Research shows there’s still considerable work to be done on embedding diversity, equity and inclusion (DE&I) practices in business. Despite efforts by some, many organisations fall short when it comes to hiring strategy and development.
Data by Statista, an online platform which specialises in data gathering, shows that in the second quarter of 2023 the average unemployment rate for minority ethnic groups was 7.5% compared to 3.4% for those of white ethnicity (Statista: Unemployment rate in the United Kingdom as of 2nd quarter 2023, by ethnicity). In addition, The Fawcett Society, a UK gender equality charity, highlight in their report that “75% of women of colour reported having experienced one or more forms of racism at work” and “61% of women of colour…changed their language…hairstyle [and] their name…to fit in within the workplace” (Fawcett: Broken ladders, the myth of meritocracy for women of colour in the workplace).
Often the strategies surrounding DE&I targets are in the hands of leaders. This can leave employees feeling powerless as they wait for changes to be agreed by management. But while leadership and strategy are necessary for successful outcomes, there are things professionals at all levels can do to help. Below, we explore several ways you can contribute to an equitable work environment, support your coworkers, and approach allyship.
Be proactive in learning about diverse cultures and their histories
Allyship can be as simple as taking the time to educate yourself, and diversifying media is a fantastic way to do this. Consider following diverse communities on social media, reading a range of literature and keeping up to date on diversity and inclusion campaigns that centre around relevant topics and issues. Taking the time to understand different communities, as well as their values and ethics helps people identify unconscious and conscious biases, and subsequently helps them to better support communities.
Call out biases and microaggressions
Many companies typically focus on diversifying the workplace by attracting minority ethnic groups. However, the work shouldn’t stop there. Being ready to support and amplify all voices across the organisation is essential to ensuring that individuals feel heard and valued. A key way to do this is to understand and be aware of unconscious and conscious biases and microaggressions, including what they are and how to spot them.
A report by Every Level Leadership, a diversity and inclusion coaching company, found that a whopping 66% of Black women in the United States reported not feeling emotionally safe at work. “While I wasn’t surprised by that statistic, it was profound to hear that while Black women may feel they have colleagues they can confide in, they don’t feel those colleagues will actually stand up for them when the moment calls for it,” said DE&I advisor and strategist Ericka Hines (Every Level Leadership: 2022 Black women deserve to thrive, not just survive at work). Microaggressions and unconscious biases can be difficult to spot by those who don't experience them. Through training, proactive learning and taking the initiative to understand the experiences of others, allies will be able to flag issues and catalyse change.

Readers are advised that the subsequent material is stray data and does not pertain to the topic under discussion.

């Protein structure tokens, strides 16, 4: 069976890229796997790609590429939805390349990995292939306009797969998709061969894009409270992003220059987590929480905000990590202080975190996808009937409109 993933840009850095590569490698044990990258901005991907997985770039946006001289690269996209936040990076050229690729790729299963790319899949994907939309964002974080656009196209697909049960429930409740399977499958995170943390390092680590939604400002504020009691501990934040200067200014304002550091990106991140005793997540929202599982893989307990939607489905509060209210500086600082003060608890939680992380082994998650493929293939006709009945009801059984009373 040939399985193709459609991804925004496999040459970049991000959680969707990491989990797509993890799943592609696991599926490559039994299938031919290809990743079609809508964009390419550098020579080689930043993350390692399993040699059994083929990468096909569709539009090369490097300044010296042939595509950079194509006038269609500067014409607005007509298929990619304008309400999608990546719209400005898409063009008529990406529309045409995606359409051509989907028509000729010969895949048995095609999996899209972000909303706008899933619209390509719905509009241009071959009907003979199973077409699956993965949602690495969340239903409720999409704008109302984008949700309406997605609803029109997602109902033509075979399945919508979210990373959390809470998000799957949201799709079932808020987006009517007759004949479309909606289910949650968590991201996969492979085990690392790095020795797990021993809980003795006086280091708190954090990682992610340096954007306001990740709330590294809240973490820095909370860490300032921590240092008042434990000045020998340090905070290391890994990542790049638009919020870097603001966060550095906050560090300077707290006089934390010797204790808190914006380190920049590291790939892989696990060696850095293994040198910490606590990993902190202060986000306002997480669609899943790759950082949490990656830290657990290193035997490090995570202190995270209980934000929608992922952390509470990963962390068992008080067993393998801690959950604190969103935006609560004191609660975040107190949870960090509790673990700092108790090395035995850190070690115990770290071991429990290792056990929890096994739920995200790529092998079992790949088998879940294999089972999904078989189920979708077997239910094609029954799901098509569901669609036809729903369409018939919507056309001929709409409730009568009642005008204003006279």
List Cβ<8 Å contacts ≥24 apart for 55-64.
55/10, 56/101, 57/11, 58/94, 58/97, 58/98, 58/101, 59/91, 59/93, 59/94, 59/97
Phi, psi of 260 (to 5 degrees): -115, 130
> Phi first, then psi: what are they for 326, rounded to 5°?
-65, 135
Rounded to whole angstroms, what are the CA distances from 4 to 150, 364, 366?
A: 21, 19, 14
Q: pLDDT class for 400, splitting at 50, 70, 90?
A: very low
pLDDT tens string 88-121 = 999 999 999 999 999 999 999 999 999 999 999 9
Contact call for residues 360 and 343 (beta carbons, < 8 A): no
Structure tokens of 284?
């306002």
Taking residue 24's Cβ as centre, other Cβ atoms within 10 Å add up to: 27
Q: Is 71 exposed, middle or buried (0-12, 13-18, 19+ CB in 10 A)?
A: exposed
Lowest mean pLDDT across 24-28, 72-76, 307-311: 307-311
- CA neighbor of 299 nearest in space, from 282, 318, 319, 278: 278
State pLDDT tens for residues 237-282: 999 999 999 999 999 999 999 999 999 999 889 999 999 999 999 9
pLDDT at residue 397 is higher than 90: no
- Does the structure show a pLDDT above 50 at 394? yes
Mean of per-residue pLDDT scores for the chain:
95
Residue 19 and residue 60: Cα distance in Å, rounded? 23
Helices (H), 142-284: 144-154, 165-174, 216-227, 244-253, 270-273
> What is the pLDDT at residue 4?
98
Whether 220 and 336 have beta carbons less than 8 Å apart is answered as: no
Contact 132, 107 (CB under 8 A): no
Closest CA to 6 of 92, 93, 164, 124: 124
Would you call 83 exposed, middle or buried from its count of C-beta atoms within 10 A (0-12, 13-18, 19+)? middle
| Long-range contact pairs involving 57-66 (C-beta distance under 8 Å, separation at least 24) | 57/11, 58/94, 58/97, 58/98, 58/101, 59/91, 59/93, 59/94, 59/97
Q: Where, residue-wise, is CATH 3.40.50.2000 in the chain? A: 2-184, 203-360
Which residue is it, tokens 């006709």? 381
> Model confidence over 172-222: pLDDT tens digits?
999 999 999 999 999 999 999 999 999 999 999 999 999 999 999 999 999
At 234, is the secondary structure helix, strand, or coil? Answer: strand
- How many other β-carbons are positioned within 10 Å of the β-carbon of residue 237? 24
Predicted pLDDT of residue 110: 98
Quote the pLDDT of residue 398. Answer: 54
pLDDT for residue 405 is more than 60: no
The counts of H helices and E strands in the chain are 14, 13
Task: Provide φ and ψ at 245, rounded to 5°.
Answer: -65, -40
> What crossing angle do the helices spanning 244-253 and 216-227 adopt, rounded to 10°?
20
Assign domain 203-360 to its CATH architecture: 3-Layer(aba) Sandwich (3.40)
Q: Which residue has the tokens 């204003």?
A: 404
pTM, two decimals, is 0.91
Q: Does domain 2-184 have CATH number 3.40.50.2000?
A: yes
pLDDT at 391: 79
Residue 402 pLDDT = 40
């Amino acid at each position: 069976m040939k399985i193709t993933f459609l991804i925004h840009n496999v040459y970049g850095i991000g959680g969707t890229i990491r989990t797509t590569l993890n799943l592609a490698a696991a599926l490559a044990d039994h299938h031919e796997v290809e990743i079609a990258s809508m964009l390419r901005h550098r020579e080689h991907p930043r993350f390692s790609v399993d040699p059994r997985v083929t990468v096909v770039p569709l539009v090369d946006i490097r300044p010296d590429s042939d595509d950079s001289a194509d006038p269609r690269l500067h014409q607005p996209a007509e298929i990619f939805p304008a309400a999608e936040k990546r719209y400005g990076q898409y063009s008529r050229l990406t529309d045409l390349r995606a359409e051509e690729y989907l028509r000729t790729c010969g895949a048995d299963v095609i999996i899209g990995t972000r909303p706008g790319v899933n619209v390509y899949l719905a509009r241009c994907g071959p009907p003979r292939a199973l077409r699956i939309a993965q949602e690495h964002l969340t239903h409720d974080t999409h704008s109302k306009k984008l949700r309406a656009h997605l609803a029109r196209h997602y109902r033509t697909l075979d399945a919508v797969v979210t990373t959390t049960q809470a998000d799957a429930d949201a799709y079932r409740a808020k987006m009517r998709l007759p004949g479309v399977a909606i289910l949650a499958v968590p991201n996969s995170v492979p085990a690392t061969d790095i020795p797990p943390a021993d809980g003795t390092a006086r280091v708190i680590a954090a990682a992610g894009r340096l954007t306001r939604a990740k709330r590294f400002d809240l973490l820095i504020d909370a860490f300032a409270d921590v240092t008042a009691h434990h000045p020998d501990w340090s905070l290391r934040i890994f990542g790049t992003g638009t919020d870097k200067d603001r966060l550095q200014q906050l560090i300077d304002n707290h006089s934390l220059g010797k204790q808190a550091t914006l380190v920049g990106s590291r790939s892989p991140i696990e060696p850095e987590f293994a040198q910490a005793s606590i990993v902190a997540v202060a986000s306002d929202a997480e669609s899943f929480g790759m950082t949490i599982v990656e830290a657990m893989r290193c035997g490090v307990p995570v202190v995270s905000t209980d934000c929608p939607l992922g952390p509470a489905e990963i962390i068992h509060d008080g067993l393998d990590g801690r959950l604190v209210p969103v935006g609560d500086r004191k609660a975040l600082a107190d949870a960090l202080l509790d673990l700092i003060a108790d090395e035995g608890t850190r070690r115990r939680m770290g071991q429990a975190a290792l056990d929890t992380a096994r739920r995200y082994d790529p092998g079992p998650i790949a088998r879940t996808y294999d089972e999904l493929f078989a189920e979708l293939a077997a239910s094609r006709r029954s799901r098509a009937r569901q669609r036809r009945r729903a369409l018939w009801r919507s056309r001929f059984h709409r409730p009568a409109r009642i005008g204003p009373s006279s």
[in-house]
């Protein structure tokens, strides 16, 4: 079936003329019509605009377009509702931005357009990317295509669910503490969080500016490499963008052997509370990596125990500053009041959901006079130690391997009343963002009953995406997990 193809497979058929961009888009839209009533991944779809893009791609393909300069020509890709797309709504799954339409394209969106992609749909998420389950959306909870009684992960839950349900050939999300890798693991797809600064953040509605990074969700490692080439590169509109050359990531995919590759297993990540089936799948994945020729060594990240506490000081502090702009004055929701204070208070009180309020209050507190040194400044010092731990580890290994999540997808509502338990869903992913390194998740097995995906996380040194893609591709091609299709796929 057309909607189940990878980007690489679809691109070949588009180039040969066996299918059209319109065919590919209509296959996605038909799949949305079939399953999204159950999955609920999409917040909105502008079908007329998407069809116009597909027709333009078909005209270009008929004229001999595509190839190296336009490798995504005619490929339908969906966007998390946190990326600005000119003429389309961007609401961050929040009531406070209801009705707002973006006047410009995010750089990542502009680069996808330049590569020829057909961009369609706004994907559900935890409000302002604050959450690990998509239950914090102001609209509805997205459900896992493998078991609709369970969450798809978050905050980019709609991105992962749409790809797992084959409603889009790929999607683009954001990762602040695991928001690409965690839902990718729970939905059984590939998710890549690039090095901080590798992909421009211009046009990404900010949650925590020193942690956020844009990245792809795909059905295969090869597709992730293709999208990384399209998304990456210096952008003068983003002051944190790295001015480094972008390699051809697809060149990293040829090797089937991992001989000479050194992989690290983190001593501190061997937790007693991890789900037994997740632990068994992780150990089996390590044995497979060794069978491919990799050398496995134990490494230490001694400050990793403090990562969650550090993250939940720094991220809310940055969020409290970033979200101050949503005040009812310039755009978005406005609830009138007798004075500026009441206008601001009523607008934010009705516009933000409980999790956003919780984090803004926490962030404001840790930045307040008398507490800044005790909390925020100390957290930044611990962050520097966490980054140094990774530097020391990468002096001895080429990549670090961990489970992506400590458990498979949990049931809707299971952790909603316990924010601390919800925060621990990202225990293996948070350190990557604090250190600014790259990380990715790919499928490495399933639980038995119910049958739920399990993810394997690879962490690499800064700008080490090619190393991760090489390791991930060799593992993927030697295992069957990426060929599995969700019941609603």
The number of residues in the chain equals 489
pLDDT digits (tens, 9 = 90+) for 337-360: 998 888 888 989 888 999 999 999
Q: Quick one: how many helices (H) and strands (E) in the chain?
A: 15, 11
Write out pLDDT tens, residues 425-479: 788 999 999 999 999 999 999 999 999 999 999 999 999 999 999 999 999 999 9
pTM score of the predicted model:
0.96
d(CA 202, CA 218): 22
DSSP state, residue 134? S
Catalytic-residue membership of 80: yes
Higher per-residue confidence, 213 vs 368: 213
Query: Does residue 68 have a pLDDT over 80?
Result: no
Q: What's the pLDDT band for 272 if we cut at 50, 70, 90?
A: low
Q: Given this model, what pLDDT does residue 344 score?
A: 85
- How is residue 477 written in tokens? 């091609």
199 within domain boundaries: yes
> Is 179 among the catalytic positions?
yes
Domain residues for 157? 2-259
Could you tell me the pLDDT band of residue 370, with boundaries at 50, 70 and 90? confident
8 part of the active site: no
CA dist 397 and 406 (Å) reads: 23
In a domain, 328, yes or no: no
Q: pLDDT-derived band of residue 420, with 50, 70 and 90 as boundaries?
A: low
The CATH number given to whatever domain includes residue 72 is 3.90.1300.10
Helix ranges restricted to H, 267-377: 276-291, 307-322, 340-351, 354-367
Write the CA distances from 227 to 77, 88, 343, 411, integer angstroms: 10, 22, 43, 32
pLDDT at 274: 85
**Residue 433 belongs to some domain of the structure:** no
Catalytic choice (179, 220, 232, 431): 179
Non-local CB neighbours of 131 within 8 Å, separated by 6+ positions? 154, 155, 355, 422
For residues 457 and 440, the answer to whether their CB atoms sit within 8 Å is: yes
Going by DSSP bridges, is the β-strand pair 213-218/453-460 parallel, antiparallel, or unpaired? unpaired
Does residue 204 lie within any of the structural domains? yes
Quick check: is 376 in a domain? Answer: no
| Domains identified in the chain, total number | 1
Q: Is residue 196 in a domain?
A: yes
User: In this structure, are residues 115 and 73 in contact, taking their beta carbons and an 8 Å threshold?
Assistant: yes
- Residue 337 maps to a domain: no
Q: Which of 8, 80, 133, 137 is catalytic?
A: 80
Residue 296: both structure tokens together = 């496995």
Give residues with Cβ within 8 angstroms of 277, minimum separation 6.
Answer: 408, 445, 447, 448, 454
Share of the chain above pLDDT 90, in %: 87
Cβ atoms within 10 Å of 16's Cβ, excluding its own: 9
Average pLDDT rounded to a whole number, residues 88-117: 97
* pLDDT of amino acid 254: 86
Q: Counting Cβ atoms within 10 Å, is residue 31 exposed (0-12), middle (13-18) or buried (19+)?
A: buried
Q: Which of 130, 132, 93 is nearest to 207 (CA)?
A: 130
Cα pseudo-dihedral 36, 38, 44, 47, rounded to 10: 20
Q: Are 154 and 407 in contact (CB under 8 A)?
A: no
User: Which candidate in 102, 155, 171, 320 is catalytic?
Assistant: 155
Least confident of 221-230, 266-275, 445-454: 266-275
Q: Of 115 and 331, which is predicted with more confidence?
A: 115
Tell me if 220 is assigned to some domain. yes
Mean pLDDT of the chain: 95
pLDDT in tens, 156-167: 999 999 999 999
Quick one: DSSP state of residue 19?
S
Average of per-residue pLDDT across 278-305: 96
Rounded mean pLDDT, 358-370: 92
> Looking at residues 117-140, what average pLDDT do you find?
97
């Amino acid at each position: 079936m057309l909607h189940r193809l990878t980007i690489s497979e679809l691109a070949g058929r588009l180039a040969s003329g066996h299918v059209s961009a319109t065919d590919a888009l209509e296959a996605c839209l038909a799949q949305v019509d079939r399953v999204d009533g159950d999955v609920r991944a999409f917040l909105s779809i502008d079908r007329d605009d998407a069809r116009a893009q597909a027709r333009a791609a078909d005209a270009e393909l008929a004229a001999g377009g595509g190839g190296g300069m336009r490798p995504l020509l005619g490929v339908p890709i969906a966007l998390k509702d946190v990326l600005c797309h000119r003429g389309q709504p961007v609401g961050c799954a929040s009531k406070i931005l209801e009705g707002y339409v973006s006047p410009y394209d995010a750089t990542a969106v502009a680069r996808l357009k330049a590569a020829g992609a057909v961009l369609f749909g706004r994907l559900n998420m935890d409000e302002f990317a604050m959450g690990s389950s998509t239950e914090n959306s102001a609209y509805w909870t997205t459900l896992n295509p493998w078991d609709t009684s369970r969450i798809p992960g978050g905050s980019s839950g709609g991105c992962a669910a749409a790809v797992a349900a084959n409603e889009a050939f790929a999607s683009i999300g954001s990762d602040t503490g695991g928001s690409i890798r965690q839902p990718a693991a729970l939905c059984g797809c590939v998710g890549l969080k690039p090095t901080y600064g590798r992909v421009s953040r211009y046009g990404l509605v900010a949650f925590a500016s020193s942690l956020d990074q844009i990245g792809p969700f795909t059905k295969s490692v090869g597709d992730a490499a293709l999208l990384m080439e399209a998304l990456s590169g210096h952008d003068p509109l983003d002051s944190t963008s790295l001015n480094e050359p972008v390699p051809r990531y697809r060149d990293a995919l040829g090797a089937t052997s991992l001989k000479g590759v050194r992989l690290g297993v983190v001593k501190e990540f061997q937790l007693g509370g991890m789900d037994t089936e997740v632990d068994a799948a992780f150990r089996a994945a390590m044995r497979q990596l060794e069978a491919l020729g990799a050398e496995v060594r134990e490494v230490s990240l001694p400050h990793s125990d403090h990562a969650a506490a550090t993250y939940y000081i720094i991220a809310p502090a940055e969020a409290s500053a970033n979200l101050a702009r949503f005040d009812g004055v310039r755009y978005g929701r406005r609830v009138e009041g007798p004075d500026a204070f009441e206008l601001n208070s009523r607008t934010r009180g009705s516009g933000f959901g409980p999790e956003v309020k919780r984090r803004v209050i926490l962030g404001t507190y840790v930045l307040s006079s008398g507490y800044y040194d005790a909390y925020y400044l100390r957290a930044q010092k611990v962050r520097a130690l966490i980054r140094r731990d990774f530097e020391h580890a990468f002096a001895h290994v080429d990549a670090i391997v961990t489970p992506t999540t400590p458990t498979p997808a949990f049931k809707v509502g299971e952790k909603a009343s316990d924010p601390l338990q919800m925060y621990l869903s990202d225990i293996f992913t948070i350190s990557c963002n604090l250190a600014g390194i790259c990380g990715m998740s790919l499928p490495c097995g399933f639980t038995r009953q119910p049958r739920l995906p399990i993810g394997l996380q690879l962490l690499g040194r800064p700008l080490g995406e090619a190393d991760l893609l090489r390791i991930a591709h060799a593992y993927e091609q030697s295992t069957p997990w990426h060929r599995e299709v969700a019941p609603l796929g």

Create a safe space for open conversations
According to research by Amy Edmondson and Henrik Bresman, professors of organisational behaviour, diverse teams need a foundation of psychological safety for all individuals to feel comfortable and empowered to pitch risky ideas, and challenge the status quo without retaliation or judgement (Harvard Business review: 2022 research: to excel, diverse teams need psychological safety). Without this, it’s likely many people won’t feel safe enough in their jobs to call out biases, highlight inequity, and suggest improvements. Progress then stalls and engagement levels drop. Supporting everyone in the workplace can be as simple as creating a safe, non-judgemental space for honest discussions.
Learn and reflect from past situations
Be willing to learn from inevitable mistakes and past interactions that may have been problematic. Looking back at situations where instances of racism went unchecked and you may not have felt comfortable intervening, is incredibly important to address behaviour and identify where improvements can be made. To help with this, Harvard Business Review advise to reflect on what happened: “What got in your way and how can you curb that in the future? For example, if fear of not knowing what to say in the moment caused your inaction, consider short, easy-to-remember phrases to interrupt the harm, such as, 'Can we pause for a moment? I am processing what you just said'. Sometimes, this ‘speed bump’ can give those involved a chance to reflect and resolve, during or later” (Harvard Business review: 2023 Creating psychological safety for black women at your company). Being willing to reflect and learn from past situations will inevitably lead to better reactions and improved future behaviours, if ever in the same situation.
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